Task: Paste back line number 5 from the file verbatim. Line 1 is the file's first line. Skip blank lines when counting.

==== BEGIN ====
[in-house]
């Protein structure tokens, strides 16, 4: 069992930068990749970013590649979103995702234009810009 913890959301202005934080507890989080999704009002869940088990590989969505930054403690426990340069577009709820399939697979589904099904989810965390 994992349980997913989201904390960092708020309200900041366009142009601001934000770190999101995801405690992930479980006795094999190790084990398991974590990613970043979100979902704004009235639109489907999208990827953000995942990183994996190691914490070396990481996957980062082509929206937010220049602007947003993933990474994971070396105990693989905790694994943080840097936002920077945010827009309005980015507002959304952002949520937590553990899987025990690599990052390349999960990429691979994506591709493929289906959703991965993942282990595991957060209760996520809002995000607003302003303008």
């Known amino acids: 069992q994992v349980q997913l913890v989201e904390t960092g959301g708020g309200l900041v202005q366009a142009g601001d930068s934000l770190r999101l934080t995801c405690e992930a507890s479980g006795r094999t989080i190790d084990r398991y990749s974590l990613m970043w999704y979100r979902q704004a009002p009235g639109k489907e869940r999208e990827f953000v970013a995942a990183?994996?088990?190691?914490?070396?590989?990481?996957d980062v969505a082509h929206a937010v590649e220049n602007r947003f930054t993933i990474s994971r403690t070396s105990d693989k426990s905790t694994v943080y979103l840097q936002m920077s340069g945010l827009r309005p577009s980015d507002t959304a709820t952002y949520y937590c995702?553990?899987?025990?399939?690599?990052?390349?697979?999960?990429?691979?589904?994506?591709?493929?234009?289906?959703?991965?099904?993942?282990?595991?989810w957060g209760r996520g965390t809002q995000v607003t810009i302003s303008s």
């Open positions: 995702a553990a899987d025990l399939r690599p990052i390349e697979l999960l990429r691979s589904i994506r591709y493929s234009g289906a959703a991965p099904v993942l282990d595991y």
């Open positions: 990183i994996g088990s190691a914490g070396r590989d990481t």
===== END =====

């Open positions: 990183i994996g088990s190691a914490g070396r590989d990481t």